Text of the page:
* @param \Symfony\Component\Console\Output\OutputInterface $output
     * @return int|void
     */
    protected function execute(InputInterface $input, OutputInterface $output)
    {
        $this->detectMagento($output, true);
        if ($this->initMagento()) {

            $this->writeSection($output, 'Config Search');

            $searchString = $input->getArgument('text');
            $system = \Mage::getConfig()->loadModulesConfiguration('system.xml');
            $matches = $this->_searchConfiguration($searchString, $system);

            if (count($matches) > 0) {
                foreach ($matches as $match) {
                    $output->writeln('Found a <comment>' . $match->type . '</comment> with a match');
                    $output->writeln('  ' . $this->_getPhpMageStoreConfigPathFromMatch($match));
                    $output->writeln('  ' . $this->_getPathFromMatch($match));

                    if ($match->match_type == 'comment') {
                        $output->writeln(
                            '  ' .
                            str_ireplace(
                                $searchString,
                                '<info>' . $searchString . '</info>',
                                (string)$match->node->comment
                            )
                        );
                    }
                    $output->writeln('');
                }
            } else {
                $output->writeln('<info>No matches for <comment>' . $searchString . '</comment></info>');
            }
        }
    }

    /**
     * @param string $searchString
     * @param string $system
     *
     * @return array
     */
    protected function _searchConfiguration($searchString, $system)
    {
        $xpathSections = array(
            'sections/*',
            'sections/*/groups/*',
            'sections/*/groups/*/fields/*'
        );

        $matches = array();
        foreach ($xpathSections as $xpath) {
            $tmp = $this->_searchConfigurationNodes(
                $searchString,
                $system->getNode()->xpath($xpath)
            );
            $matches = array_merge($matches, $tmp);
        }

        return $matches;
    }

    /**
     * @param string $searchString
     * @param array  $nodes
     *
     * @return array
     */
    protected function _searchConfigurationNodes($searchString, $nodes)
    {
        $matches = array();
        foreach ($nodes as $node) {
            $match = $this->_searchNode($searchString, $node);
            if ($match) {
                $matches[] = $match;
            }
        }

        return $matches;
    }

    /**
     * @param string $searchString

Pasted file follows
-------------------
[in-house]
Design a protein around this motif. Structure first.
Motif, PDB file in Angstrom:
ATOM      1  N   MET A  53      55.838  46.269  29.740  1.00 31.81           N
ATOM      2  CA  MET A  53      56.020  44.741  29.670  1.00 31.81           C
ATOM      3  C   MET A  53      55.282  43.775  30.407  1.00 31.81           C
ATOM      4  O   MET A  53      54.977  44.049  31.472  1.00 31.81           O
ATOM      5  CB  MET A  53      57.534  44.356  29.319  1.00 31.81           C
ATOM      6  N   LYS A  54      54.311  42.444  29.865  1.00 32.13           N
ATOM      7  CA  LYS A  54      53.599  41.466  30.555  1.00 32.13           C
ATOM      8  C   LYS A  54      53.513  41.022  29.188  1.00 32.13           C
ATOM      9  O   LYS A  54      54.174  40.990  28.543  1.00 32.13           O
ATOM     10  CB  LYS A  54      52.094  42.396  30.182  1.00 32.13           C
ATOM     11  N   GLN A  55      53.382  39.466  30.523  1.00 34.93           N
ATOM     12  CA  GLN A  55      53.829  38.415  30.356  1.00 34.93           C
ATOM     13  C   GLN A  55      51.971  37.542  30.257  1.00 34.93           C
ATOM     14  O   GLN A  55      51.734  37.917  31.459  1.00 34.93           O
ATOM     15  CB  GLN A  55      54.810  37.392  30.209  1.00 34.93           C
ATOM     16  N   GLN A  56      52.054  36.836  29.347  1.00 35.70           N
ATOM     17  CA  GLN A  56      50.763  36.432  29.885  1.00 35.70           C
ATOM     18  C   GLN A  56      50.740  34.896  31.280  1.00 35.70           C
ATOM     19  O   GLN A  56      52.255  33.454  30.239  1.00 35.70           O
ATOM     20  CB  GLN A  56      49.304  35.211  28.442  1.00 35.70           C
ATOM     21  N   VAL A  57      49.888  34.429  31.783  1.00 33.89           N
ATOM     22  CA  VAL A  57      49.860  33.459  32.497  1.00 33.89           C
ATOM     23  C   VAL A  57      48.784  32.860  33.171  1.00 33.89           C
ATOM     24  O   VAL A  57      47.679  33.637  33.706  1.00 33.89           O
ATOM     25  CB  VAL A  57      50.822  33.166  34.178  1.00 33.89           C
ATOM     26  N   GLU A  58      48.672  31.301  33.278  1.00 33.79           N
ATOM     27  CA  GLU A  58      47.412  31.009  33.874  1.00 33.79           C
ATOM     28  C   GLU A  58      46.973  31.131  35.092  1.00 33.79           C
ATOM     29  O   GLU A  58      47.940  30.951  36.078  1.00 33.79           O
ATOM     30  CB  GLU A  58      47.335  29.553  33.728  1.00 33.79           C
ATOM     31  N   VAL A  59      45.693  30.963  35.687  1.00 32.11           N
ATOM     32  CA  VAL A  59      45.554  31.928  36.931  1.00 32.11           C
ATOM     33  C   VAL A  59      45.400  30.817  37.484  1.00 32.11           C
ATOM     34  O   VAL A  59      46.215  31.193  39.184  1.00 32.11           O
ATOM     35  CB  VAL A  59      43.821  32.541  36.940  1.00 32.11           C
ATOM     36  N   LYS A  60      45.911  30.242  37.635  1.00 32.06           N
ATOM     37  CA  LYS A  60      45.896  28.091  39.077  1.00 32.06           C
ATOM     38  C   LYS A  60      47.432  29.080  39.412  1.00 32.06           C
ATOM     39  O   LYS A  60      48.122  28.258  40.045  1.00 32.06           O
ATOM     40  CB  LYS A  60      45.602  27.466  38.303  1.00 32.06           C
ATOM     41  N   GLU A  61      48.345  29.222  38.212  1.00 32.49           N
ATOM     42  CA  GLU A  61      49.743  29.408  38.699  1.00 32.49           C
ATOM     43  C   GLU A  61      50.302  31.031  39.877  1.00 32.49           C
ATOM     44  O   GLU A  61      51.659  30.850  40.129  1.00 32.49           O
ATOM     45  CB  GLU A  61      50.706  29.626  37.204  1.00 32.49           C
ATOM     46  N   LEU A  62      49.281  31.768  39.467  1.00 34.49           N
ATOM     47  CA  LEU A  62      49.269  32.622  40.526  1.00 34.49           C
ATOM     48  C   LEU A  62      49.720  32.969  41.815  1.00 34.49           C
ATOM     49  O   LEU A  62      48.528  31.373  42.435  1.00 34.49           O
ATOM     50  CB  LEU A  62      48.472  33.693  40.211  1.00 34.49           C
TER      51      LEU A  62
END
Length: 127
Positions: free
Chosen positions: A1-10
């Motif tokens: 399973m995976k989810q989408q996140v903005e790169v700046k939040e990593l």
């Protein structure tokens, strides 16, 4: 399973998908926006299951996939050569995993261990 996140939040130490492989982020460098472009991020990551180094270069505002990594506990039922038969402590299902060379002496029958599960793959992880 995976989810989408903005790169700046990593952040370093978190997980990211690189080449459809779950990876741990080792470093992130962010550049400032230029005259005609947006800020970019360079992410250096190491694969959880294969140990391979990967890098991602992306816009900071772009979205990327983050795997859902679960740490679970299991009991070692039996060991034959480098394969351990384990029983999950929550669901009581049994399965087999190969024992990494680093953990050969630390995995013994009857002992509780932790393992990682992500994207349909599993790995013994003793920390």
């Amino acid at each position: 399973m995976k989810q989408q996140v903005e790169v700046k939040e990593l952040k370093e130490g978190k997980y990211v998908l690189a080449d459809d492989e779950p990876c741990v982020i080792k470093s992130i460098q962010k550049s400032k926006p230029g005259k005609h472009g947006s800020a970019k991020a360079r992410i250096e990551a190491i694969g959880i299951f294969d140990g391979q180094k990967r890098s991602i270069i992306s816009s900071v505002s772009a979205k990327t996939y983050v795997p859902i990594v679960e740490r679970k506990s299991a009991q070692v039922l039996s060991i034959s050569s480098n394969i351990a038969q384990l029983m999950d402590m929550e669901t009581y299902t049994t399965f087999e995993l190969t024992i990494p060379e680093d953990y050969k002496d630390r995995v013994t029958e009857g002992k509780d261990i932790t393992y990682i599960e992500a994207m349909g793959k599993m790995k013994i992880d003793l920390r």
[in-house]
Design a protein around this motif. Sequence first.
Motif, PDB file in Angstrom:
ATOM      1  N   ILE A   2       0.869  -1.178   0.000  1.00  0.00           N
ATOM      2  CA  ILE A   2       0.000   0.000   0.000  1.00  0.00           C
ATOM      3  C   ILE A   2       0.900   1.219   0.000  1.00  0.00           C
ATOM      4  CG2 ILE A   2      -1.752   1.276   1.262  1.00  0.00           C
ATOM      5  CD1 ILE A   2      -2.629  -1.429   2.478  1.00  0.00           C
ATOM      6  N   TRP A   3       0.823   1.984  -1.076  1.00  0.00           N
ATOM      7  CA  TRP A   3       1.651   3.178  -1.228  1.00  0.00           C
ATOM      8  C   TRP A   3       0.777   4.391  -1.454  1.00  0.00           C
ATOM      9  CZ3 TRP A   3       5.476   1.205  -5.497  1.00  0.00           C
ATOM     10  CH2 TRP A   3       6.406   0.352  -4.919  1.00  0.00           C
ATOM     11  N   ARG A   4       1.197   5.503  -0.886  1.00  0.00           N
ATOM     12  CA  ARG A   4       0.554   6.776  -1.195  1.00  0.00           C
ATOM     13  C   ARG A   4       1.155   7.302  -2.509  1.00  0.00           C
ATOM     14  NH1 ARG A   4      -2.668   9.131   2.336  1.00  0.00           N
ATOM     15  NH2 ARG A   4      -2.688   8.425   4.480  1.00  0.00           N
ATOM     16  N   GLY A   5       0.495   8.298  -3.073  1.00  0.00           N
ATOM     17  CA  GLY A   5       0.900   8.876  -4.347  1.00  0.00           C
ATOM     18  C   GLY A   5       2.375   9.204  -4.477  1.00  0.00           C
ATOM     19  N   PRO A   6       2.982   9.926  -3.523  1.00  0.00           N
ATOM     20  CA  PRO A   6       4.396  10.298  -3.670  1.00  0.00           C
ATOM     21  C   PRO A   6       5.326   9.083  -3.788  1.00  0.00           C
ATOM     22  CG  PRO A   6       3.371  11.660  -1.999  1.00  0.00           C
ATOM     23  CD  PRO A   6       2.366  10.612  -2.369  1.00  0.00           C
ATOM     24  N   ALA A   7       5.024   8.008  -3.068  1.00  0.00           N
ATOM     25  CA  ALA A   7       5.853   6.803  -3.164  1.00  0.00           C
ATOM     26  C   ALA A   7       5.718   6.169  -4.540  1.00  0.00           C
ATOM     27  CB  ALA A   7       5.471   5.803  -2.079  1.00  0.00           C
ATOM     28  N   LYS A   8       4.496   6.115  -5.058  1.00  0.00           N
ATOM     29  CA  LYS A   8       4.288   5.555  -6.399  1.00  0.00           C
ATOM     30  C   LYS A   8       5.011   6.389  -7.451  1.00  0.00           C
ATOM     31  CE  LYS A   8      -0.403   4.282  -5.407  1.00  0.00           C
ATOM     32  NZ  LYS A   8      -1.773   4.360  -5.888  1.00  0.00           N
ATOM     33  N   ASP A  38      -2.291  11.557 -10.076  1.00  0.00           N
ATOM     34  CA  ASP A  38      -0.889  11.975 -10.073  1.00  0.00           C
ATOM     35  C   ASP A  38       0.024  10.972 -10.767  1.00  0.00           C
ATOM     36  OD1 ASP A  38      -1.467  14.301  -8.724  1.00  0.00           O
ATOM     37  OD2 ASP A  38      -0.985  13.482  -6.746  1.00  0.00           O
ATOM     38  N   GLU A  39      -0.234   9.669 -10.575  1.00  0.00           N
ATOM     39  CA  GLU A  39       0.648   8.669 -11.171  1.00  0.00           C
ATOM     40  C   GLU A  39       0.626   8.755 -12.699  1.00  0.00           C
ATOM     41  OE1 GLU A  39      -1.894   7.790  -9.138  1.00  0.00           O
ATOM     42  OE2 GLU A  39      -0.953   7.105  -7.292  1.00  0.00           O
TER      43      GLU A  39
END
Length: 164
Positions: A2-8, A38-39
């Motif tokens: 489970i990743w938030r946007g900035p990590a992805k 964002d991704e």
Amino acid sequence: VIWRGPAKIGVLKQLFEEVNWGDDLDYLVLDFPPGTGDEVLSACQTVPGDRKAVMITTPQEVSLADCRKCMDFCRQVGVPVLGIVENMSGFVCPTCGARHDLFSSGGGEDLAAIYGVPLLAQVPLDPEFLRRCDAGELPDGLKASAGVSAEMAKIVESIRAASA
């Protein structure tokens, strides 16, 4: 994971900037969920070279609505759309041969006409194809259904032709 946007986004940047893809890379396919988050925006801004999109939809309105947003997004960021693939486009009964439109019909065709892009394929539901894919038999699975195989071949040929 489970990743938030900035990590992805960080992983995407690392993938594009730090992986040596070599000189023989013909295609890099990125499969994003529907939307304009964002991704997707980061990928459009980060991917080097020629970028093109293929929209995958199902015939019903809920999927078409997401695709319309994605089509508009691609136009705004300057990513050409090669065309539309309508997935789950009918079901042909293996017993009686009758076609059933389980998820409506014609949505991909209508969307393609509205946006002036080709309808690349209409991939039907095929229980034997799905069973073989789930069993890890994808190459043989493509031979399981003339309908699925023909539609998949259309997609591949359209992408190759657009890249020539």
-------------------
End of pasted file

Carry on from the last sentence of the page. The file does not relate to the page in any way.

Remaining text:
* @param object $node
     *
     * @return bool|\stdClass
     */
    protected function _searchNode($searchString, $node)
    {
        $match = new \stdClass;
        $match->type = $this->_getNodeType($node);
        if (stristr((string)$node->label, $searchString)) {

            $match->match_type = 'label';
            $match->node = $node;

            return $match;
        }

        if (stristr((string)$node->comment, $searchString)) {
            $match->match_type = 'comment';
            $match->node = $node;

            return $match;
        }

        return false;
    }

    /**
     * @param object $node
     *
     * @return string
     */
    protected function _getNodeType($node)
    {
        $parent = current($node->xpath('parent::*'));
        $grandParent = current($parent->xpath('parent::*'));
        if ($grandParent->getName() == 'config') {
            return 'section';
        }

        switch ($parent->getName()) {
            case 'groups':
                return 'group';

            case 'fields':
                return 'field';

            default:
                return 'unknown';
        }

    }

    /**
     * @param object $match
     *
     * @return string
     * @throws \RuntimeException
     */
    protected function _getPhpMageStoreConfigPathFromMatch($match)
    {
        switch ($match->type) {
            case 'section':
                $path = $match->node->getName();
                break;

            case 'field':
                $parent = current($match->node->xpath('parent::*'));
                $parent = current($parent->xpath('parent::*'));

                $grand = current($parent->xpath('parent::*'));
                $grand = current($grand->xpath('parent::*'));

                $path = $grand->getName() . '/' . $parent->getName() . '/' . $match->node->getName();
                break;

            case 'group':
                $parent = current($match->node->xpath('parent::*'));